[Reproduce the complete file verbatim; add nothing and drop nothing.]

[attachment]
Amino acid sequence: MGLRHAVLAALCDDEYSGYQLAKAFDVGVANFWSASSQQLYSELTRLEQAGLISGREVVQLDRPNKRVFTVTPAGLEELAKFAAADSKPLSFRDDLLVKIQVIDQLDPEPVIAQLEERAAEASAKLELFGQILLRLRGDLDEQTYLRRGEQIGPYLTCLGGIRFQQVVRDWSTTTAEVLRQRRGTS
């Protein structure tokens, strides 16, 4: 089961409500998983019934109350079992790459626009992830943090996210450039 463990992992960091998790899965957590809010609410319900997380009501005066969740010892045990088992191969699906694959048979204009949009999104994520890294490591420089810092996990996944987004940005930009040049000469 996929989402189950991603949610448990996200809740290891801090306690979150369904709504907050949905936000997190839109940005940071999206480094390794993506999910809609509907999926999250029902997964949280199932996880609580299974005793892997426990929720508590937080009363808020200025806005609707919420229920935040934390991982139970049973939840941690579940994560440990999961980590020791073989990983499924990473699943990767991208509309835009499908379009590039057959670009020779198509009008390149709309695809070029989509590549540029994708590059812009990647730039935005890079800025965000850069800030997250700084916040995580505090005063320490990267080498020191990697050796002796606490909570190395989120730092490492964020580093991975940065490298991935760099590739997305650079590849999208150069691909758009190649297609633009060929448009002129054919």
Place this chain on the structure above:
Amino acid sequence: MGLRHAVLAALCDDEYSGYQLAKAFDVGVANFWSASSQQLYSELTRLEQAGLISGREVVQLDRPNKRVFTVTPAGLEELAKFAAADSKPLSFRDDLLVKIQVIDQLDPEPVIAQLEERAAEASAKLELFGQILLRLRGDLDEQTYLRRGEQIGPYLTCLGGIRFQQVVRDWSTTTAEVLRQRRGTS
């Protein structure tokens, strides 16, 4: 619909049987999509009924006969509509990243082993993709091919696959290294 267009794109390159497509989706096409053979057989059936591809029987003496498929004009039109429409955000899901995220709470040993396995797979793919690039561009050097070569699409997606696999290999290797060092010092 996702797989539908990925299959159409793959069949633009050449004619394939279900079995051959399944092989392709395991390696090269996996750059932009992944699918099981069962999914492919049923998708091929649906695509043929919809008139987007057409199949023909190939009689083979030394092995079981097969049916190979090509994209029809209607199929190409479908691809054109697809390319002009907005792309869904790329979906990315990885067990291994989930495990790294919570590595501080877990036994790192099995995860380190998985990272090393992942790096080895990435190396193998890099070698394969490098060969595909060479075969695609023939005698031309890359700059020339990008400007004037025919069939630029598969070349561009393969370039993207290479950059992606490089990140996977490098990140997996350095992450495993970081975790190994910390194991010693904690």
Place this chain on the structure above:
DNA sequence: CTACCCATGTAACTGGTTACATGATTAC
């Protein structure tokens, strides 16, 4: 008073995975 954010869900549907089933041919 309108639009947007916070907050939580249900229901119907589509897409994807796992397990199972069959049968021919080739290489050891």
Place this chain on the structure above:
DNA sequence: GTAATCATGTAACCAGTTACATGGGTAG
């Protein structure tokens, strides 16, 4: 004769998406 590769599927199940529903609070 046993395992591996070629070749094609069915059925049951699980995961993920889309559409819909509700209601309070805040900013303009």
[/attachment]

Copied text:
Amino acid sequence: MGLRHAVLAALCDDEYSGYQLAKAFDVGVANFWSASSQQLYSELTRLEQAGLISGREVVQLDRPNKRVFTVTPAGLEELAKFAAADSKPLSFRDDLLVKIQVIDQLDPEPVIAQLEERAAEASAKLELFGQILLRLRGDLDEQTYLRRGEQIGPYLTCLGGIRFQQVVRDWSTTTAEVLRQRRGTS
């Protein structure tokens, strides 16, 4: 089961409500998983019934109350079992790459626009992830943090996210450039 463990992992960091998790899965957590809010609410319900997380009501005066969740010892045990088992191969699906694959048979204009949009999104994520890294490591420089810092996990996944987004940005930009040049000469 996929989402189950991603949610448990996200809740290891801090306690979150369904709504907050949905936000997190839109940005940071999206480094390794993506999910809609509907999926999250029902997964949280199932996880609580299974005793892997426990929720508590937080009363808020200025806005609707919420229920935040934390991982139970049973939840941690579940994560440990999961980590020791073989990983499924990473699943990767991208509309835009499908379009590039057959670009020779198509009008390149709309695809070029989509590549540029994708590059812009990647730039935005890079800025965000850069800030997250700084916040995580505090005063320490990267080498020191990697050796002796606490909570190395989120730092490492964020580093991975940065490298991935760099590739997305650079590849999208150069691909758009190649297609633009060929448009002129054919």
Place this chain on the structure above:
Amino acid sequence: MGLRHAVLAALCDDEYSGYQLAKAFDVGVANFWSASSQQLYSELTRLEQAGLISGREVVQLDRPNKRVFTVTPAGLEELAKFAAADSKPLSFRDDLLVKIQVIDQLDPEPVIAQLEERAAEASAKLELFGQILLRLRGDLDEQTYLRRGEQIGPYLTCLGGIRFQQVVRDWSTTTAEVLRQRRGTS
């Protein structure tokens, strides 16, 4: 619909049987999509009924006969509509990243082993993709091919696959290294 267009794109390159497509989706096409053979057989059936591809029987003496498929004009039109429409955000899901995220709470040993396995797979793919690039561009050097070569699409997606696999290999290797060092010092 996702797989539908990925299959159409793959069949633009050449004619394939279900079995051959399944092989392709395991390696090269996996750059932009992944699918099981069962999914492919049923998708091929649906695509043929919809008139987007057409199949023909190939009689083979030394092995079981097969049916190979090509994209029809209607199929190409479908691809054109697809390319002009907005792309869904790329979906990315990885067990291994989930495990790294919570590595501080877990036994790192099995995860380190998985990272090393992942790096080895990435190396193998890099070698394969490098060969595909060479075969695609023939005698031309890359700059020339990008400007004037025919069939630029598969070349561009393969370039993207290479950059992606490089990140996977490098990140997996350095992450495993970081975790190994910390194991010693904690």
Place this chain on the structure above:
DNA sequence: CTACCCATGTAACTGGTTACATGATTAC
């Protein structure tokens, strides 16, 4: 008073995975 954010869900549907089933041919 309108639009947007916070907050939580249900229901119907589509897409994807796992397990199972069959049968021919080739290489050891």
Place this chain on the structure above:
DNA sequence: GTAATCATGTAACCAGTTACATGGGTAG
């Protein structure tokens, strides 16, 4: 004769998406 590769599927199940529903609070 046993395992591996070629070749094609069915059925049951699980995961993920889309559409819909509700209601309070805040900013303009």